This is the time of year when many throwers are in their “hypertrophy” phase of training where the focus is on increasing muscle mass. As I mentioned in my interview with Vern Gambetta, the concept of building a base in the off-season is a bit outdated for elite athletes. So is the related concept of hypertrophy. To put it simply: bigger is not better.It is a time honored tradition for men to work on getting bigger muscles. But bigger muscles are not necessarily better for the throwing events. You need more powerful muscles and, contrary to popular belief, the two do not go hand in hand. Read more
While the Weltklasse Zürich Diamond League bills itself as the “Olympics in a day”, it is hardly a one-day event. For me, the action began on Tuesday as I coached some kids to throw medicine balls and toy javelins with Valerie Adams at the Weltklasse Zürich Kids Clinic.
On Wednesday I attended the “Big Shot” shot put competition with Kibwe. For the second year in a row, the shot put competition was held one day before the main meet and placed in the center of Zürich’s main train station. With over 350,000 people a day passing through there, it made for a packed and energetic venue. We produced a video for Flotrack (see below) showing a behind the scenes look at the venue, the competition, and the competitors. The competition was thrilling. Valerie Adams controlled the women’s competition until Nadzeya Ostapchuk took a brief lead. Adam responded for the win. The podium for the meet (and the final podium for the overall Diamond Race) were the same as in Daegu. The men’s competition was very close and the top five throwers were nearly within a foot of each other. Reese Hoffa led for much of the competition before a struggling Ryan Whiting found his technique in the final round. Then, on his last attempt, my old training partner Dylan Armstrong responded for the win. His first place also secures a victory in the Diamond Race for him. Young Swiss shot putter Gergori Ott also got to throw with the big boys and set a new national under 18 record of 20.00 meters with the 5-kilogram shot put.
In addition to the interview I posted earlier this week, there is some other information available online about Werner Günthör’s training and Jean-Pierre Egger’s training methods. I have tried to collect much of it below to help put the interview in context and also provide more information for those interested. Enjoy.
- Training Talk With Jean-Pierre Egger (Part 1)
- Training Talk With Jean-Pierre Egger (Part 2)
- Jean-Pierre Egger Training Video
- Translation of Training Video
- Sample Yearly Plan
- Sample Training Program
On Friday I posted the first part of my interview with Jean-Pierre Egger, the coach of former shot put world champion Werner Günthör and current Olympic champion Valerie Adams. Click here to read part one. After talking about training methods, our discussion turned towards throwing and technique and the future of the shot put.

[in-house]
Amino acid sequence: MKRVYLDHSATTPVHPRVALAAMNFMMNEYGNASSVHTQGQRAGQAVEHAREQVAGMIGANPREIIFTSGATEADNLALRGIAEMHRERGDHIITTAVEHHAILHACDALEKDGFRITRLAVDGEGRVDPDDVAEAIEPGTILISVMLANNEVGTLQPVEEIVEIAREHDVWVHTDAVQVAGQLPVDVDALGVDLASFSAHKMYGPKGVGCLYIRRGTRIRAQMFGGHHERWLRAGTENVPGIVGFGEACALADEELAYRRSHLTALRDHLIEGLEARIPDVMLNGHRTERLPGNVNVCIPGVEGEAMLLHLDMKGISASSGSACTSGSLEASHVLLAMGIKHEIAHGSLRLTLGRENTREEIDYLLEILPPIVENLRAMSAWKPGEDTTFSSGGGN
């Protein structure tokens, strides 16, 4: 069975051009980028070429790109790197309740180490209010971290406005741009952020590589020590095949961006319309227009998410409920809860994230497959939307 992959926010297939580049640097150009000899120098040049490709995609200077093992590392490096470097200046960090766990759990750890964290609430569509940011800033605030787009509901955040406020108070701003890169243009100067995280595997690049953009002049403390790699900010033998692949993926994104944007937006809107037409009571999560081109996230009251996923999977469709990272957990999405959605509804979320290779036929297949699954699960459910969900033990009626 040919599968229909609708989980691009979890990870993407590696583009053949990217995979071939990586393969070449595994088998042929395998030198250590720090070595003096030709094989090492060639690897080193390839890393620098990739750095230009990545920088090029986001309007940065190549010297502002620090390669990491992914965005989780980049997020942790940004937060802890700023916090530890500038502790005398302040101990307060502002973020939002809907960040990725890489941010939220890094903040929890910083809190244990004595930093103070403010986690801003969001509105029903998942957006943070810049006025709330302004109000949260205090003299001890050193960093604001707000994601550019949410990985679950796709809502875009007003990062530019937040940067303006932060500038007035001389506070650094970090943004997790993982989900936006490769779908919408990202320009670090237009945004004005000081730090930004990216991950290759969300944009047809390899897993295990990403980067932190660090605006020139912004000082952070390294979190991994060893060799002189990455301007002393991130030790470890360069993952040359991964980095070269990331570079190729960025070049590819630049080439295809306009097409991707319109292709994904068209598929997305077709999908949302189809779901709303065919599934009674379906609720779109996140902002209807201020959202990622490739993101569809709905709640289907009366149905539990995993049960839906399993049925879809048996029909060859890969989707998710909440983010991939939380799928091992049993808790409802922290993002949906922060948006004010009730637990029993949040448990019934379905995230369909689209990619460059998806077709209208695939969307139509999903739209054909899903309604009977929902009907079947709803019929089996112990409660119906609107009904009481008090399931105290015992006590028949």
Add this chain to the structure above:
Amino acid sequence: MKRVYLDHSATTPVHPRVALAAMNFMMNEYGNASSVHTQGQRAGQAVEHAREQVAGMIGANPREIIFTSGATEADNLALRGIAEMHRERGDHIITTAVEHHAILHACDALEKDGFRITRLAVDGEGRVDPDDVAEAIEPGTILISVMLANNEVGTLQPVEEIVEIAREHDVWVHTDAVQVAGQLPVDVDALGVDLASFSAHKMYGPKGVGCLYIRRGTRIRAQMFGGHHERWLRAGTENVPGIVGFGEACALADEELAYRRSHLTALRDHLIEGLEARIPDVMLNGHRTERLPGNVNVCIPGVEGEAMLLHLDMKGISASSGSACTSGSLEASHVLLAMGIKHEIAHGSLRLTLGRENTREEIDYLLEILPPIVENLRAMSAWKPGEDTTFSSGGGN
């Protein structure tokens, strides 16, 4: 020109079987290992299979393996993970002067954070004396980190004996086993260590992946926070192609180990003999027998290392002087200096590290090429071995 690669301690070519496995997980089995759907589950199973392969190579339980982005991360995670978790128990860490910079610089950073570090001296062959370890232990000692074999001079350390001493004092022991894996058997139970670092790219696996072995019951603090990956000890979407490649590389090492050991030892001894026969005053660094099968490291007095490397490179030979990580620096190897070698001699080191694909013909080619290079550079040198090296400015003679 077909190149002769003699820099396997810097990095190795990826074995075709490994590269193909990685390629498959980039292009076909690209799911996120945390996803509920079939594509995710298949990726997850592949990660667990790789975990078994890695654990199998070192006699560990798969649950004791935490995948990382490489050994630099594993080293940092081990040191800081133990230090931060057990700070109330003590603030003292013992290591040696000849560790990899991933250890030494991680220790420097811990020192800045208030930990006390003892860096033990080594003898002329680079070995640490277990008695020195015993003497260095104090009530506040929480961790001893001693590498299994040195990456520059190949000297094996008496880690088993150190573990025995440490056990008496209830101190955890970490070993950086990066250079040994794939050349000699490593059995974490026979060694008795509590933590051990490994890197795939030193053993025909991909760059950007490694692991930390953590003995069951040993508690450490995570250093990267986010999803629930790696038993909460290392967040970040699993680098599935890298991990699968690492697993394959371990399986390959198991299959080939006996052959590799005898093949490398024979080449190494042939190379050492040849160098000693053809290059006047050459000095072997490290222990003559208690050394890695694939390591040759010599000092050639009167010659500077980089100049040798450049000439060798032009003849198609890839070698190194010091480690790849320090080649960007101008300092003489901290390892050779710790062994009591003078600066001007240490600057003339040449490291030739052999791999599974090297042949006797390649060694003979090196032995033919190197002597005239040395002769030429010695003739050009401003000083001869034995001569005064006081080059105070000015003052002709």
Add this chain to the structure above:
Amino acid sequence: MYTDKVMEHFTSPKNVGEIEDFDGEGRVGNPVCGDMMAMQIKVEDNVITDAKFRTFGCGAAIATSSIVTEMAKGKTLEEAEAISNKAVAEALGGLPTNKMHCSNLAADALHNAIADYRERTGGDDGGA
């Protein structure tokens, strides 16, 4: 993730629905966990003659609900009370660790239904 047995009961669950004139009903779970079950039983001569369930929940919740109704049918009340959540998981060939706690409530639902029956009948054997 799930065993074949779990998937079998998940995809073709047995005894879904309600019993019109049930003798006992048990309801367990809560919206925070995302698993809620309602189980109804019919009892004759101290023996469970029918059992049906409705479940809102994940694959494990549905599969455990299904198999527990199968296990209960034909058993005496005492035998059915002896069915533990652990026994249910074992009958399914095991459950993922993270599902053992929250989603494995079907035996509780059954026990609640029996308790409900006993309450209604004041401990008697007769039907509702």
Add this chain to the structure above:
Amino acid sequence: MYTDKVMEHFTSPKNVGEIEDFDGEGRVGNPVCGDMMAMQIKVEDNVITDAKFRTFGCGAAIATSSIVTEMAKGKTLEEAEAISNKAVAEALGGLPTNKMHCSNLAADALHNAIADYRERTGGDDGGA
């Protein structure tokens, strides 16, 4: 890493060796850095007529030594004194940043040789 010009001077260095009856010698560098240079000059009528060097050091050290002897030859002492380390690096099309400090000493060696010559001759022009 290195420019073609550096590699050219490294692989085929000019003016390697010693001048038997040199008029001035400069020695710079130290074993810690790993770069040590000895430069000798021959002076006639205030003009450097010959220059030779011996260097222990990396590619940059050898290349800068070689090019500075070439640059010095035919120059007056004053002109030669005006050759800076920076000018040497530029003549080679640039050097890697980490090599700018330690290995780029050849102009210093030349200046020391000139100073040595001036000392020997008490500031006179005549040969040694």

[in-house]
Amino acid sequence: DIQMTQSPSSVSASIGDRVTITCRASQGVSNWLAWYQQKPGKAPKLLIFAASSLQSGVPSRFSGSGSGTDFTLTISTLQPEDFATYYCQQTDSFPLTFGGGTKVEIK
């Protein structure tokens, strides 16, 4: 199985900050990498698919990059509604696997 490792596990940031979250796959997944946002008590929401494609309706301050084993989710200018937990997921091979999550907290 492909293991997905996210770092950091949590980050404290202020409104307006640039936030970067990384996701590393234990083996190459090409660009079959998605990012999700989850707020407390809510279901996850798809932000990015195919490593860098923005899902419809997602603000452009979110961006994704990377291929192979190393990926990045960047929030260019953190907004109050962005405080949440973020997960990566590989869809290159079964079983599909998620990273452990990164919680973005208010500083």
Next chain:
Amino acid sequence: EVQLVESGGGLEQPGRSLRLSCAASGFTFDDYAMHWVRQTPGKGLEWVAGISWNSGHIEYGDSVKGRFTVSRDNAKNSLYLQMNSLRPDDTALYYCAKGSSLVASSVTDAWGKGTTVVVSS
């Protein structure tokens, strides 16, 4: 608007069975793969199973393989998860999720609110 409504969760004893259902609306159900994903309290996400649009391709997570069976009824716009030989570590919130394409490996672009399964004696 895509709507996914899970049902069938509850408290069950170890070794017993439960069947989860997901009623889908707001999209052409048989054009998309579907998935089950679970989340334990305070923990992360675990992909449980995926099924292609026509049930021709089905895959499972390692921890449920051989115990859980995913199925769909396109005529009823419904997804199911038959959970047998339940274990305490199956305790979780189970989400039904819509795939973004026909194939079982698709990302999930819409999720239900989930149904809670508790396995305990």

Training Technique – Range Throwing
Martin: Does Valerie normally throw without a reverse like she did today?
Jean-Pierre: She normally throws with a reverse at meets, so today was naturally not her competition technique. It is only a training technique that we use because she has a tendency to jump too early. Last year she came to Zürich and threw almost 20 meters and then came to Magglingen. We did five training sessions then like we are doing now: precise throws without a reverse and without measuring or anything else. Then in Croatia at the Continental Cup she threw 20.86m, the second best result of her career and in an important competition not just a small one.
Jean-Pierre has now returned part-time to the sport and has been coaching Olympic shot put champion Valerie Adams since last winter. In June I had a chance to visit a training session at the Swiss Olympic Training Center in Magglingen. After the workout we sat down to discuss throwing and training. The interview was conducted in German and I later translated it to English.
Throwing in Switzerland
Martin Bingisser: My first question is about the current level of the throwing events in Switzerland. It’s low right now. Very low. What do we need to increase the level?
Jean- Pierre Egger: We need talent that doesn’t go to other sports like Handball, Volleyball, Schwingen (Swiss-style wrestling), and so on. We have definitely have the potential though.
Martin: Last year I was at the Eidgenössische Schwing- und Älplerfest (the historic Swiss wrestling championship) and everywhere I looked I saw potential shot putters.
Jean-Pierre: I do the strength and conditioning coach for one of the best, Mattias Sempbach. He just took second place in Zollikofen yesterday. He would be a good thrower. And may others too. The problem is that they have more fun wrestling. The shot put is just not as attractive. And more importantly they don’t see the way that they can really more forward in the event. And that problem isn’t just one for the shot put, it also affects other athletic disciplines. The top results are so far, so high, so fast that for the it is more discouraging than it is attractive.
Bondarchuk is most well known for his legacy as both an athlete and a coach in the hammer. But his greatest success since he began coaching Western athletes has been in the shot put. His star pupil Dylan Armstrong increased the Canadian record to 21.58 meters and placed fourth in Beijing, just one centimeter off of the podium.